Some might suggest that if I want to hear updates (I’m indifferent . . . okay, slightly curious at times) that I should just join ATEK and then I’d be on their email list . . . but I don’t want to; I’d also point out that expat teachers like myself who are sitting on the fence in terms of ‘to join or not to join ATEK’ might be persuaded to join if regular communication and press releases were posted on a mainstream expat Internet web site or blog as opposed to only on ATEK’s website.

ATEK’s lack of press releases has resulted in me getting my information from Chris in South Korea and Roboseyo‘s blogs–which I find really bizarre because neither of them are press officers for ATEK yet they seem to be filling in this ginormous void that ATEK doesn’t seem too concerned about . . . or maybe doesn’t know about . . . or . . . meh, whatever.

It’s sad that ATEK doesn’t have an active blog (I think a former press officer used to, but it disappeared when he did) because I would add it to my side bar and definitely would have clicked on this story, ATEK adding new legal assurance program–but this story isn’t coming from ATEK, it’s coming from Chris in South Korea‘s blog.  Chris, being the good guy he is, blogged about the information he received in an ATEK membership email about the development–so, it seems like if you’re not a member you can’t be privy to what ATEK is doing unless you join them, visit their website, or know someone on the inside . . . help me out if I’m missing any other options for getting info . . .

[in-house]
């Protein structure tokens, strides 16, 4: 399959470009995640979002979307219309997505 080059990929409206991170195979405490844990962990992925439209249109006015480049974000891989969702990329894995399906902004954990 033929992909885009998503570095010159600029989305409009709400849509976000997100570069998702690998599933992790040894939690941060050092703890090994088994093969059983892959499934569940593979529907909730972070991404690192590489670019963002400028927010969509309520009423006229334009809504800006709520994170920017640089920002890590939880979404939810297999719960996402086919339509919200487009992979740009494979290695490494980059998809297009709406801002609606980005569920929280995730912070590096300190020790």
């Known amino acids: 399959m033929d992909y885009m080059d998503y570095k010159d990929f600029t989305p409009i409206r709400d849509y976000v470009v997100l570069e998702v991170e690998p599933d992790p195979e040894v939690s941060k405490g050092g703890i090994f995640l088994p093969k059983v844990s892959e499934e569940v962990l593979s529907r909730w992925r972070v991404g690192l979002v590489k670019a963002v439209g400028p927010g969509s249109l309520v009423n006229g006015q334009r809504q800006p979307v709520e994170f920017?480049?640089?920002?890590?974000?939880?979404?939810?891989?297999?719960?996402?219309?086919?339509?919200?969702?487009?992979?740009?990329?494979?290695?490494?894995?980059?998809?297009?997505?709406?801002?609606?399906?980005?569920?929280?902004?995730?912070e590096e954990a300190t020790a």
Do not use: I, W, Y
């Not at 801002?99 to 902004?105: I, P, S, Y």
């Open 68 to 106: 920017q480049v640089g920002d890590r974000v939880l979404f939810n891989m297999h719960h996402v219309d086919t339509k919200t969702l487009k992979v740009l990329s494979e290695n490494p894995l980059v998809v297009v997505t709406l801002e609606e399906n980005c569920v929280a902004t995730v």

The legal assurance program is something substantial, something positive, something big (at least in my mind it is) that ATEK has produced that can and likely will make a big difference for foreign teachers who run into contract problems with their employers, and other legal situations they need help in.  Yet there has been no Korean English news media press release, and foreign teachers in Korea will likely for the most part learn about the story via a blogger who to my knowledge has no official connections or role with ATEK other than as a member . . .

Instead of producing their own media press releases that reach as wide an audience of native teachers as possible ATEK seems to be relying on its website as their primary communication medium–which I personally think is a big mistake.  How can ATEK expand its membership when it is failing to communicate and reach out to native teachers through mainstream channels?